"Naka Machi," said the white-haired one again, "I have examined every bit of the infinitesimal mechanism in the ball on this tympanum. It is perfect. You are a genius, Naka Machi. There is only one genius greater—Professor Caleb Barter!"
Naka Machi bowed low, and as he spoke his breath hissed inwardly through his teeth after the Japanese manner of admitting humility—"that my humble breath may not blow upon you"—which never needed really to be sincere.
"I am merely a genius with my fingers, Professor Barter," said Naka Machi in a musical voice. "The smaller the medium in which I work the happier I am, Professor; and in that I am a genius. But the plan for this so marvelous little radio-control, as you call it, came entirely from your head, my master. I did exactly as the plans bade me. Will it work?"
- - -
Caleb Barter's red face went redder still. His eyes shot flames of anger. His lips pouched. Almost he seemed on the point of striking down his Japanese assistant.
"Will it work?" he repeated. "Have you not just told me that you followed my plans exactly? Have I not just now checked your every bit of work and pronounced it perfect? Then how can it fail to work? Have you another one ready?"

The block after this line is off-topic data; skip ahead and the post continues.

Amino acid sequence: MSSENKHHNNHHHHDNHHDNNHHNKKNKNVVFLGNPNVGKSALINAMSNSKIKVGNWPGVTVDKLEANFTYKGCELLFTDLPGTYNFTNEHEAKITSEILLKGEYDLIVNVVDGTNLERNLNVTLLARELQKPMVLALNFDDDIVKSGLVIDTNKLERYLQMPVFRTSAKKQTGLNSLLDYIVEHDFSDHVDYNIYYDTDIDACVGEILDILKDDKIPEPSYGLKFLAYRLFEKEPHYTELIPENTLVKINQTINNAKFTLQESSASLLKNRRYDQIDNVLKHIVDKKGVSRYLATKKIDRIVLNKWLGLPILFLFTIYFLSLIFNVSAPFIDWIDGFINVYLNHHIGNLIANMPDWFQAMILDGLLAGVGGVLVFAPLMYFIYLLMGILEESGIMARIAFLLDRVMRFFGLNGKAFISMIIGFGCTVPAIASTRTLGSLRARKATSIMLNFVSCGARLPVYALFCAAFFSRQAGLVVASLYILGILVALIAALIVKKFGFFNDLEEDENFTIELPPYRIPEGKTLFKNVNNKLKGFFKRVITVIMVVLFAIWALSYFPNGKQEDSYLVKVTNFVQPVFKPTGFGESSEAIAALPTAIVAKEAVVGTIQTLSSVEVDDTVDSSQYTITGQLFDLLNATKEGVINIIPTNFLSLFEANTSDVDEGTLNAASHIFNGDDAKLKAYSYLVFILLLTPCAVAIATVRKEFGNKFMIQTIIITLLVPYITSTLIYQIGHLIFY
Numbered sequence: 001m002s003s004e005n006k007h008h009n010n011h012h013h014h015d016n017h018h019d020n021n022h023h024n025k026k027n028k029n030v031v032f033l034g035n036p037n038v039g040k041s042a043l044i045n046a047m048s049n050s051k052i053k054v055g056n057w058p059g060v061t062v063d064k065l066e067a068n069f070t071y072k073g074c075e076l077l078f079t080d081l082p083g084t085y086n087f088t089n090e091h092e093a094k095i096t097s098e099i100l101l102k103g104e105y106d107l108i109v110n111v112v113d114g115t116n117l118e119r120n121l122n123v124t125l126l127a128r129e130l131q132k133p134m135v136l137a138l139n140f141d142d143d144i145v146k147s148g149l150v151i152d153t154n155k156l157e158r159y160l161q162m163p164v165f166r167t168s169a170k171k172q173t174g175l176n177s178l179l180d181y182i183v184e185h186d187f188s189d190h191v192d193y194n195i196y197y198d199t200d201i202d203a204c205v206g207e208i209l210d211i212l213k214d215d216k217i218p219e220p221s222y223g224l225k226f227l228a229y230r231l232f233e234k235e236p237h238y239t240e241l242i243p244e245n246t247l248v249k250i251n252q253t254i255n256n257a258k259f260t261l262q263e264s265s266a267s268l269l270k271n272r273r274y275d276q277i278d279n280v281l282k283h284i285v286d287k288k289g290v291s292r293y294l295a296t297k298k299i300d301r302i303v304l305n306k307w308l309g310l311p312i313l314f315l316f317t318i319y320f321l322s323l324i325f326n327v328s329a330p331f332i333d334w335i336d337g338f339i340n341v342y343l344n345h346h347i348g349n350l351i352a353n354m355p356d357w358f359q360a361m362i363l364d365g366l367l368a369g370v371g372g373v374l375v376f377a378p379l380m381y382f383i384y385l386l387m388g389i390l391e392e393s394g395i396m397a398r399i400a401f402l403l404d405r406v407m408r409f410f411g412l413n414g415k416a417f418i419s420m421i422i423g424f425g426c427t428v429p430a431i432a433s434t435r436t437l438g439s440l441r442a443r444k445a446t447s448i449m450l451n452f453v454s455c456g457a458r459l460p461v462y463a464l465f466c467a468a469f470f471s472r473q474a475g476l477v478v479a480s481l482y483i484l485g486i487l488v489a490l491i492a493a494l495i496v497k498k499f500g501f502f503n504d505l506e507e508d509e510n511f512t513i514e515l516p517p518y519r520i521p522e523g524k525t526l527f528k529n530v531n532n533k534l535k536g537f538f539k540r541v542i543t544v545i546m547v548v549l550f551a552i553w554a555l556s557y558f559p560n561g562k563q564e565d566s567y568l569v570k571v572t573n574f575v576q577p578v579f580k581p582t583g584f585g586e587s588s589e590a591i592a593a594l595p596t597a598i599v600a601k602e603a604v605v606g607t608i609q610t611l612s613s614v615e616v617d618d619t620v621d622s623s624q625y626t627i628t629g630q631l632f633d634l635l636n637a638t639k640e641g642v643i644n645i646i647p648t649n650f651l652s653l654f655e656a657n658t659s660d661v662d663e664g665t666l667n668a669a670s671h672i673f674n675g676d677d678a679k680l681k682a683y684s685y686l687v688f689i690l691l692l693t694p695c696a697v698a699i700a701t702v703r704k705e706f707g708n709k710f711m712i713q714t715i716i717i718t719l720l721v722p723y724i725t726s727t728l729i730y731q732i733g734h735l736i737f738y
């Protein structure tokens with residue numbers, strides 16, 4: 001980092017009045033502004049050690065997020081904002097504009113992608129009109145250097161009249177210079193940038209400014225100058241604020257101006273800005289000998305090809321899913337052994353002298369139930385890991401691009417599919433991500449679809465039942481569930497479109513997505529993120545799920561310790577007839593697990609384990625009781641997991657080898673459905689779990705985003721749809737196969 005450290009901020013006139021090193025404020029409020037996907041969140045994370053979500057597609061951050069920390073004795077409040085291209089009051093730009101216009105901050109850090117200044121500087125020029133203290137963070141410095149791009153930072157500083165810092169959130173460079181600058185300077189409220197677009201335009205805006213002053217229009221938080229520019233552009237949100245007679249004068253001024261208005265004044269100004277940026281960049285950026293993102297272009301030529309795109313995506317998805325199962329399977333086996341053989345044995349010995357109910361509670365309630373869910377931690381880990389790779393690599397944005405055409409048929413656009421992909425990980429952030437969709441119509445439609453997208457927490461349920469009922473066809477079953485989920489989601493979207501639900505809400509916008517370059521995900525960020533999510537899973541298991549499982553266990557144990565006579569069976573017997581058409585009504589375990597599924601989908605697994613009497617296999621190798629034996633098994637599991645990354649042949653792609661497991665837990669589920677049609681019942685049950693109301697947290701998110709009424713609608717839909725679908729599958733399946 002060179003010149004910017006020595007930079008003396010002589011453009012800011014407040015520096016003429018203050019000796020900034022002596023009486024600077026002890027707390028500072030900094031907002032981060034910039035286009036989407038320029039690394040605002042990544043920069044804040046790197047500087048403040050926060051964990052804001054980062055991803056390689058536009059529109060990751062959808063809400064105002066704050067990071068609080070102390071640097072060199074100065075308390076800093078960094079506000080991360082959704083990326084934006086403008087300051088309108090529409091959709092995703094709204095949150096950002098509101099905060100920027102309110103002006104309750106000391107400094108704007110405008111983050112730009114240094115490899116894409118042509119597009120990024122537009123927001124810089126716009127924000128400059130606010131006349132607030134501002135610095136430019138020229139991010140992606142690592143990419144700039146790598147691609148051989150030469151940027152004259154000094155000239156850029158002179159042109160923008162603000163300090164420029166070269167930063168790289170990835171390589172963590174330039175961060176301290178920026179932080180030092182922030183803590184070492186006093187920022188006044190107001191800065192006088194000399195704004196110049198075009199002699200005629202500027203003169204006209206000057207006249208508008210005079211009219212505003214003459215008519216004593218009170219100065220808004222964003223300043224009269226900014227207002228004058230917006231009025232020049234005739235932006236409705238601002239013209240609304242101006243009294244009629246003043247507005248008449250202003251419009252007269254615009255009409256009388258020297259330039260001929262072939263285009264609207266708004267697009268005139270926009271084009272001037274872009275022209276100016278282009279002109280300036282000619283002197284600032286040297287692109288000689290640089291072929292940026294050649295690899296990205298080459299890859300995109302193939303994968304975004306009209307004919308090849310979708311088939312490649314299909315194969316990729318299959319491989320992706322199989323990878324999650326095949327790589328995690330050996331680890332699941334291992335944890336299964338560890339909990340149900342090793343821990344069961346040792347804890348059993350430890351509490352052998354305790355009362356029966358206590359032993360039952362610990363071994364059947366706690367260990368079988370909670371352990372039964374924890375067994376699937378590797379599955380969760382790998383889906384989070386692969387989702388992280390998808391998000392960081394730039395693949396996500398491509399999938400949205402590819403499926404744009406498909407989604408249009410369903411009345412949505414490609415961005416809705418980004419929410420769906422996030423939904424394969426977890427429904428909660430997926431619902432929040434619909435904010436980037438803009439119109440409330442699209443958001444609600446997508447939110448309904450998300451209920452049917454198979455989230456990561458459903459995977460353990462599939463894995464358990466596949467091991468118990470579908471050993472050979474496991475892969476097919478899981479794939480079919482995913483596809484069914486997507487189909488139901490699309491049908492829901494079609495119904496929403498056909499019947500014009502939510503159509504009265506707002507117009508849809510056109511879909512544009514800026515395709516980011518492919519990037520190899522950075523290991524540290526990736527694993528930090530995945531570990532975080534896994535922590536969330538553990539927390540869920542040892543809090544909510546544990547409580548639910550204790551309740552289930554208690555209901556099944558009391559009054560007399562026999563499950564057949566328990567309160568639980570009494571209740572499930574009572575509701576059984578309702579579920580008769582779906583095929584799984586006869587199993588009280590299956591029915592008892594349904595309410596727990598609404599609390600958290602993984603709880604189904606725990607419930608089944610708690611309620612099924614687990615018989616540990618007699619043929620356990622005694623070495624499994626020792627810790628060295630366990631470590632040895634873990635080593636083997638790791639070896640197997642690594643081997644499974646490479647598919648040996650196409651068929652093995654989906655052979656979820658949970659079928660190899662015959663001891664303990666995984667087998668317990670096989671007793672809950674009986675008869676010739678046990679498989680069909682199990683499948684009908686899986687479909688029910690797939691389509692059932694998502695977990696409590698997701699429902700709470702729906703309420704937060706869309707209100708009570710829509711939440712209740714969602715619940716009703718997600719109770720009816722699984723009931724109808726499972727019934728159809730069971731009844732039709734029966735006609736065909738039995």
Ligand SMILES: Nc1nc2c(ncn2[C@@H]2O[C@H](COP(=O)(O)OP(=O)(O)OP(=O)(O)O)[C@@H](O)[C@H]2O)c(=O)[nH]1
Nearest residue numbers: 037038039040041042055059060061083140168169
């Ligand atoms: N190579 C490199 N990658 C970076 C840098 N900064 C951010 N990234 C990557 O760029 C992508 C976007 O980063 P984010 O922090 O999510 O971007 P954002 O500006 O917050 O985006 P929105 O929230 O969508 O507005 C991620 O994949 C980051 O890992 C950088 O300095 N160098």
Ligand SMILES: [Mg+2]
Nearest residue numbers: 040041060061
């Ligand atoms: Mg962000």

"Yes, my master. Now that I have perfected two, the work will become monotonous. If the master wishes, I can create still another radio-control, inside the head of a pin, which I should first render hollow with that skill which only Naka Machi possesses?"
Caleb Barter almost smiled.
"It will not be necessary. But it will be necessary for you to make eighteen additional radio-controls of the same size as this one, or say make twenty-four so that we shall have some extra ones in case of accident. These two will be put into action at once. Naka Machi, bring me Lecky, completely uniformed as a smart chauffeur! Have you laid in a store of clothing, as I bade you, to fit every conceivable need of Lecky, Stanley, Morton and Cleve?"
"Yes, my master."
"Then bring in Lecky accoutered as a chauffeur."